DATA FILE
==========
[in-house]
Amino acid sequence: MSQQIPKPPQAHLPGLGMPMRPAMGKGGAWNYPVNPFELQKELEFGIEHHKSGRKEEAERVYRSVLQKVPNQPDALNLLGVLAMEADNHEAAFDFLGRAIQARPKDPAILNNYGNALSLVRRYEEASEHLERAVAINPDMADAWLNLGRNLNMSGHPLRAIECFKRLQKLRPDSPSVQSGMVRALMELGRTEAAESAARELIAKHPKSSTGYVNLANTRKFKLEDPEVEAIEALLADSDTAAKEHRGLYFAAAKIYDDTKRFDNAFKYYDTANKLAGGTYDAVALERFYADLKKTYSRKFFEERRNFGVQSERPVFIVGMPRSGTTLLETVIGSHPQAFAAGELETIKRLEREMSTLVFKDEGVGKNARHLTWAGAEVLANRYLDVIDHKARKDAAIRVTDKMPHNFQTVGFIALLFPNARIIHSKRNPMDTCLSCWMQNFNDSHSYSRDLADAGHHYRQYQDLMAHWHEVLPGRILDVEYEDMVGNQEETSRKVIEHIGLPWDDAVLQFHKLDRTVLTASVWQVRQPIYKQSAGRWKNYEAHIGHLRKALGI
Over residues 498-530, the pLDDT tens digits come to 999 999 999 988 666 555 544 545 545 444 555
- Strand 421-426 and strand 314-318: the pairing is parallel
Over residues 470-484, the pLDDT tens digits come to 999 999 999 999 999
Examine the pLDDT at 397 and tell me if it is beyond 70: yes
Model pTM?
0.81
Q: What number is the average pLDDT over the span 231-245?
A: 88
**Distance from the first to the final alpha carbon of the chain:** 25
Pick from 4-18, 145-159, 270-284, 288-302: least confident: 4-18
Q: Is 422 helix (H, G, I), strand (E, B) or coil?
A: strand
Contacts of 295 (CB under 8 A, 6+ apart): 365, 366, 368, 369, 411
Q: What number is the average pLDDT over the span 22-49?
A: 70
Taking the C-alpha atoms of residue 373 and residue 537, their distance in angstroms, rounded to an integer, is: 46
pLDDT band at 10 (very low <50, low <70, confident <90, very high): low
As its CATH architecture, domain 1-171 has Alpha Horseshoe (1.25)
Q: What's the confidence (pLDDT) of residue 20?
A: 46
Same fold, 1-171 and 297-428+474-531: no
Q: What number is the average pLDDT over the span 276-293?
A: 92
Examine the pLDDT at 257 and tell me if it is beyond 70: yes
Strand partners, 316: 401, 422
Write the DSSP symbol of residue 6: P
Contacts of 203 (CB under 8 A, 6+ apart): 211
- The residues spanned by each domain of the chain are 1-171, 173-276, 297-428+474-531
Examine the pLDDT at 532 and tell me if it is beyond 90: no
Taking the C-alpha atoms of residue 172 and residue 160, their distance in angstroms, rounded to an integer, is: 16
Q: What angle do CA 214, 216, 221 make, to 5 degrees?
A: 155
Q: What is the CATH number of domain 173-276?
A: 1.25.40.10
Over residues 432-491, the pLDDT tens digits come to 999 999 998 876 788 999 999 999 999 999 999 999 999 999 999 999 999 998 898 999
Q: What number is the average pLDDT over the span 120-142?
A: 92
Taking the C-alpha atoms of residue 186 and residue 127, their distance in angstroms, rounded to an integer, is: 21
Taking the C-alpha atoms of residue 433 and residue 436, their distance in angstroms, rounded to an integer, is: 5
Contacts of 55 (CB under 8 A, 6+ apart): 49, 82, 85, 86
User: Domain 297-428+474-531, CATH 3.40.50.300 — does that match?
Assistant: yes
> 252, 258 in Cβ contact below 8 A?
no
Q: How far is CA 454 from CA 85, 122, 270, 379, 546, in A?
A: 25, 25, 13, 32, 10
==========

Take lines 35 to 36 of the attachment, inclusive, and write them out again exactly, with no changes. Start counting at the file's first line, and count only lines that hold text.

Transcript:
Q: What is the CATH number of domain 173-276?
A: 1.25.40.10